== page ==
This short sequence documents the hot repousse work done to create the stylized deer forms used in the gates portrayed in the gate section of this site.
The technique uses fairly simple tools in accurate alignment to create a bold topography that is then manipulated to a simple bas relief. The sheet material used in this case is 3/16” thick mild steel plate. After careful layout according to full scale drawings, lines are set into the steel with various butcher tools driven both by hand and power hammer. This allows the intended lines to be not only easily seen, but also easily “felt” when the hot work is done. Once the butcher layout is completed, manageable areas for the hot work are heated, either in the forge or with an oxy-propane rosebud torch.
The core of this technique lies in the conceiving of the steps in the surface topography required, and in the special tooling designed and used to accomplish them. Top and bottom tools are forged to deliver slightly offset forces to create the steps, and are specific to the thickness of the material being worked, as well as to the types of lines (straight or curved) to be made. The tools are held in alignment by a specially constructed deep C shaped tool holder. This framework can be bolted to a solid block and the tools driven by hand, as seen in the shots showing the rough forging of the deer’s head. For longer runs on big sheet is isn’t possible to hold both the sheet and the hammer, and the work is too large and hot to have your hands above the work area. In this case the entire C frame is mounted in an old Chicago Pneumatic 80X stationary riveting hammer adapted for the purpose. The same basic idea could be applied to other machines.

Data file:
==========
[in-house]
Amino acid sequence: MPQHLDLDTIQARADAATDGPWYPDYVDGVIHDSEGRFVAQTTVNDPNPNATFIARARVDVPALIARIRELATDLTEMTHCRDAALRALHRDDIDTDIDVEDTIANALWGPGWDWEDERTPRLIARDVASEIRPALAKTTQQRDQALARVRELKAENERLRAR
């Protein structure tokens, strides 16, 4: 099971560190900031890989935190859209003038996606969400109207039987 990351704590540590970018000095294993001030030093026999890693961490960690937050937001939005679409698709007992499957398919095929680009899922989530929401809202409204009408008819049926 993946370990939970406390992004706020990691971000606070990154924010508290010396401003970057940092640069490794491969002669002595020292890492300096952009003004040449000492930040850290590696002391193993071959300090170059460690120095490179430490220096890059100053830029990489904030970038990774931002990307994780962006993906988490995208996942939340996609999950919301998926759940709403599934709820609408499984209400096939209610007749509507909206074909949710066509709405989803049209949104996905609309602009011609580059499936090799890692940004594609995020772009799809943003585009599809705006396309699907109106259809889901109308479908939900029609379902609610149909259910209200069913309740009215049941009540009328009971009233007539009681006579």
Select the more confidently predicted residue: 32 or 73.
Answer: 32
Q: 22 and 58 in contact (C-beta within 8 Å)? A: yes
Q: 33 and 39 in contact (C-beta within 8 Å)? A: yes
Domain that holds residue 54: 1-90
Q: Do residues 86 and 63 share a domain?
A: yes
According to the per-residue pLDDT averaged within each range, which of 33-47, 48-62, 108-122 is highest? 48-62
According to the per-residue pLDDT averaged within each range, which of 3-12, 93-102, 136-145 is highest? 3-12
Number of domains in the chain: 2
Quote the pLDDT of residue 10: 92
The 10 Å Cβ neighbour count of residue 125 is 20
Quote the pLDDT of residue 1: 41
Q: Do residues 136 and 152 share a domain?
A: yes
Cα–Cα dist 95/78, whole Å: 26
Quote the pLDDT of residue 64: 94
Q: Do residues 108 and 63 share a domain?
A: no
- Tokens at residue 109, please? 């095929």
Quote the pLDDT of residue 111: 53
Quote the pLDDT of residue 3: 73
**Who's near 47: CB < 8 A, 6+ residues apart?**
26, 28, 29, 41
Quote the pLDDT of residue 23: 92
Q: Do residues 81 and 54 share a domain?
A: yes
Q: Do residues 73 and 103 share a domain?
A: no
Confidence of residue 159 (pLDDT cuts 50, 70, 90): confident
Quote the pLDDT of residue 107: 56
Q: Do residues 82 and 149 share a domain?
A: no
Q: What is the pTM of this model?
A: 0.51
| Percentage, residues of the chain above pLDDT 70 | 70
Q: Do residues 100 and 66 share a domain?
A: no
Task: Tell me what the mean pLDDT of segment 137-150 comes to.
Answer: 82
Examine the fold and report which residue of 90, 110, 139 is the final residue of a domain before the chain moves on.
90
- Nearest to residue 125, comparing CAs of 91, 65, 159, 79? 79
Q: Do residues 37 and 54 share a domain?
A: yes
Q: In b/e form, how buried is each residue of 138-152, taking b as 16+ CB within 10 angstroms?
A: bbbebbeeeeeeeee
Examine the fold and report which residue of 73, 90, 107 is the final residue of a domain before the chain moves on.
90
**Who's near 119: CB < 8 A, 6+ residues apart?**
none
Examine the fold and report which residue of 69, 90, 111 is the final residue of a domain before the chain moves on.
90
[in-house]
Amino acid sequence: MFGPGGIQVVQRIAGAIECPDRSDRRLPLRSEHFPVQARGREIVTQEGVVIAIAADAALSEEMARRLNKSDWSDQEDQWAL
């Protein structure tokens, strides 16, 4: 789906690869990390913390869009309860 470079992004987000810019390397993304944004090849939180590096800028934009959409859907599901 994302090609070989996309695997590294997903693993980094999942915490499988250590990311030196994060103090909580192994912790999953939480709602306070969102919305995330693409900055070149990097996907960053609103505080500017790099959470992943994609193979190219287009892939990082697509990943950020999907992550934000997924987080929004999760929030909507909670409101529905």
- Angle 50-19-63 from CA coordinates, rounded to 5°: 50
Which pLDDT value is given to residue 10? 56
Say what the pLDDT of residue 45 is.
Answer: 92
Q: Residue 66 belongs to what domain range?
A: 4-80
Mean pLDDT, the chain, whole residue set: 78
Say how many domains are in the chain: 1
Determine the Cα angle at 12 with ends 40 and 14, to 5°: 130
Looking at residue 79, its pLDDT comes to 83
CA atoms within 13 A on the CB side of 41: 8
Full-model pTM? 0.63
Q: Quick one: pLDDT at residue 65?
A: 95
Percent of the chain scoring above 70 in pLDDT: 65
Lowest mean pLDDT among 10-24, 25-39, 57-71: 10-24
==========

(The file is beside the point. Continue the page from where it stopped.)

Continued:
Once the basic step topography is accomplished with the various offset tools, hand set tools are used to refine the lines and offsets, as well as planish out the original tool marks. Final shaping is done with a rawhide mallet or steel hammers over wood blocks.
The result of this work is to have a nice relief form that is durable and self supporting for use in gates or other architectural work. All with simple tools and no special molds or backing materials.